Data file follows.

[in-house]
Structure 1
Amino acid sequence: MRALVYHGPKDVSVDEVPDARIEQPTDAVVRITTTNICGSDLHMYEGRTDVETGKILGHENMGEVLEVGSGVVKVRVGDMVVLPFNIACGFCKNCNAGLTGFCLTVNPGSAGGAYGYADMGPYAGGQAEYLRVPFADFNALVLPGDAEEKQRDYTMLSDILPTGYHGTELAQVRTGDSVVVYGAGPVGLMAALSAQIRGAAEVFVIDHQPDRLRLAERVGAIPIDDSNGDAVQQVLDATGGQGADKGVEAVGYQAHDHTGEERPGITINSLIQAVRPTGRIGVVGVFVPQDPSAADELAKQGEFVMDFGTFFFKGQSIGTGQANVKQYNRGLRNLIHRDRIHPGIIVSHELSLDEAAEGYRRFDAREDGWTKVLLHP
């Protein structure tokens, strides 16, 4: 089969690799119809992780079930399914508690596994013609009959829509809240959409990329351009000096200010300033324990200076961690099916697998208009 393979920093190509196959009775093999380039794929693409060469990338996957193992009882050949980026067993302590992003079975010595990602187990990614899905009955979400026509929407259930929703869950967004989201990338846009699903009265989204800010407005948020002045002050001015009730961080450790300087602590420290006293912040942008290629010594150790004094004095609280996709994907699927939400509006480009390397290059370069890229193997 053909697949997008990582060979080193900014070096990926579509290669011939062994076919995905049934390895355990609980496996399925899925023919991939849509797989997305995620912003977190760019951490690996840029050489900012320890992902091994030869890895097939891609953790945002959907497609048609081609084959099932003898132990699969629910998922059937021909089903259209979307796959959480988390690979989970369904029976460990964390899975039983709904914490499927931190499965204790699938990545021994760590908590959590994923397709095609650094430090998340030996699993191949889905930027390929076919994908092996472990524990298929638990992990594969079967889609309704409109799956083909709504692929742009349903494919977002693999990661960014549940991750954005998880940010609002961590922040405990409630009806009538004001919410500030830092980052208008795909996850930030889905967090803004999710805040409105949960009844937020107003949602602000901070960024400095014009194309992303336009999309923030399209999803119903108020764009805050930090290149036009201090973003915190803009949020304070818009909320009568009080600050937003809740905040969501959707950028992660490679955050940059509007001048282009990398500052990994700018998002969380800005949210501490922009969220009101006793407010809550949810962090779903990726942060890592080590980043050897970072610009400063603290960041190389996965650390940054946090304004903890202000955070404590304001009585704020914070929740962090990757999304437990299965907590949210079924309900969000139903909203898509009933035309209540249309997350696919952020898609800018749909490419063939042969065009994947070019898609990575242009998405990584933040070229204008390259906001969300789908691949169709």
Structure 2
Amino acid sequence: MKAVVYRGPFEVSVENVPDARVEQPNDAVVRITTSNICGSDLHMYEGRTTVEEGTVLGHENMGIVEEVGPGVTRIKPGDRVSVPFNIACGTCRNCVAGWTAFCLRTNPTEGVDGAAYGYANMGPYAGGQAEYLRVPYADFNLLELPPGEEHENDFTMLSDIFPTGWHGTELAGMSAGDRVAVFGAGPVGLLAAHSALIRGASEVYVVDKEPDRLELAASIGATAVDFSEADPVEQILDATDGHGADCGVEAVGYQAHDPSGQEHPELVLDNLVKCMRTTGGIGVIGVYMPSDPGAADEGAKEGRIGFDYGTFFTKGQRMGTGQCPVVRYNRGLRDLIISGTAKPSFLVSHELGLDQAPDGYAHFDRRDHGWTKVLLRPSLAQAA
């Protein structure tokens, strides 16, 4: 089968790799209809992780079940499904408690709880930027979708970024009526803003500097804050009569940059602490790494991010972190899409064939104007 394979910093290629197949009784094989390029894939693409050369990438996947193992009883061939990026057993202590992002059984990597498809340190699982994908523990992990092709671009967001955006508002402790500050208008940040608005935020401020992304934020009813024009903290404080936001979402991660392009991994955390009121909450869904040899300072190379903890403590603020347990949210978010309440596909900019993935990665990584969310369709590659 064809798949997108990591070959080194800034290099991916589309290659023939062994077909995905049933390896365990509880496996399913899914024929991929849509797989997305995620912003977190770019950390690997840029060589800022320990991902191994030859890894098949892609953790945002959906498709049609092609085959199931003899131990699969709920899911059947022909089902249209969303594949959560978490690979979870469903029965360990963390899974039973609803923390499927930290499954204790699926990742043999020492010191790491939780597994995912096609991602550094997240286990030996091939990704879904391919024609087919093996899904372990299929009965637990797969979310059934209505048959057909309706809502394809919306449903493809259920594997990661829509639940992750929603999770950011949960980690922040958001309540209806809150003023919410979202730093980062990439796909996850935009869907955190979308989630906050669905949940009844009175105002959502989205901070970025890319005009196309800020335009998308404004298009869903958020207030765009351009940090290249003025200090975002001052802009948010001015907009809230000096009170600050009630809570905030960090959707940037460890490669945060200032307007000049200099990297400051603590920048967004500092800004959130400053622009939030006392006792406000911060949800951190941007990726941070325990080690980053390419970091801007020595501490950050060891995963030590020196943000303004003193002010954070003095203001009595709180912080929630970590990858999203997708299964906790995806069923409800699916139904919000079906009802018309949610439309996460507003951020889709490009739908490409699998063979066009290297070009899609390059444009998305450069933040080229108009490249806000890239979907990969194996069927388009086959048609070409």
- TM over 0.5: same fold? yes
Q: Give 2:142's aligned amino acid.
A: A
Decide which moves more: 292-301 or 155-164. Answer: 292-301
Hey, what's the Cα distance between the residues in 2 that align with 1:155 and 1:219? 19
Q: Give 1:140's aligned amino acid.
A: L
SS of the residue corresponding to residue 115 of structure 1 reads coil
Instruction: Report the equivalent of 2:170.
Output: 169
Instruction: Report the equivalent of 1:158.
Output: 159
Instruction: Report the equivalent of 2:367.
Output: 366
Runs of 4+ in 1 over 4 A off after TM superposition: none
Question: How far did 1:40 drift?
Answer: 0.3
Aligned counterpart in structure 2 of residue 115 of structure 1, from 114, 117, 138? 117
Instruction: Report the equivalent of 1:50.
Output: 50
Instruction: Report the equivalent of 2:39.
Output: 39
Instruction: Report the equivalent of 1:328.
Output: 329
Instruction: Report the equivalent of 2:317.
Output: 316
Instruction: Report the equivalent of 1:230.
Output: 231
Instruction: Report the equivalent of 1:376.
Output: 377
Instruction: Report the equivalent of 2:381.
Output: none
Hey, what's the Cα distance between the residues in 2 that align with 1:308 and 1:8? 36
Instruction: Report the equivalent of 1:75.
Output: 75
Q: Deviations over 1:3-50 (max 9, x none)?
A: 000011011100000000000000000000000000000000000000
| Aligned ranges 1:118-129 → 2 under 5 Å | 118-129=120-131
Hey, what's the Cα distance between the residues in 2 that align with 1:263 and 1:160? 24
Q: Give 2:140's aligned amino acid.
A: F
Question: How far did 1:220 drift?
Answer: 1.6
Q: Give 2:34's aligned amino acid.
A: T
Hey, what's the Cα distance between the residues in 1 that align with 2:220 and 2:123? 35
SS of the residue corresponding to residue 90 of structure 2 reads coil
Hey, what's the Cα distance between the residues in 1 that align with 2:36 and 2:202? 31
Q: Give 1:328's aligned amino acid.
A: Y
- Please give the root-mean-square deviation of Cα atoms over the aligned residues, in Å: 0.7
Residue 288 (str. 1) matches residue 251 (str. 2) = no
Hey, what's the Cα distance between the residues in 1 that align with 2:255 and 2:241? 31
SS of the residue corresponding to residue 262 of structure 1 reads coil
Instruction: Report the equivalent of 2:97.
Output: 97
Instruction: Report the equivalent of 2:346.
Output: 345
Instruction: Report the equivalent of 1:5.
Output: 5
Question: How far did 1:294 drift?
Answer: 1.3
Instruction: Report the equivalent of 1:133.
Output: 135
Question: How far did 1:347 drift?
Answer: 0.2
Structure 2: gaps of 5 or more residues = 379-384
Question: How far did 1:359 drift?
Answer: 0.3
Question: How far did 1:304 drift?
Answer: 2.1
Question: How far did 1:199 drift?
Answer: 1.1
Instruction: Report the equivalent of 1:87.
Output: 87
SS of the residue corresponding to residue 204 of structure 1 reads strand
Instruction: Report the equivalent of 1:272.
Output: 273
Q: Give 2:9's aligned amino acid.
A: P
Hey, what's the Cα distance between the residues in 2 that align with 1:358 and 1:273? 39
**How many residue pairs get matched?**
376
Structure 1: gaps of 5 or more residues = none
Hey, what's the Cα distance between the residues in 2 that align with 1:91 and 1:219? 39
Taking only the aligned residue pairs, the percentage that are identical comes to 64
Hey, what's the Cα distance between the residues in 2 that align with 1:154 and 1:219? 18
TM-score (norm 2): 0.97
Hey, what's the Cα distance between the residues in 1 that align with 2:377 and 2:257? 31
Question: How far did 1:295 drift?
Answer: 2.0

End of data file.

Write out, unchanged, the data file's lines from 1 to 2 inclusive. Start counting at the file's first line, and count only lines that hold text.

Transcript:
[in-house]
Structure 1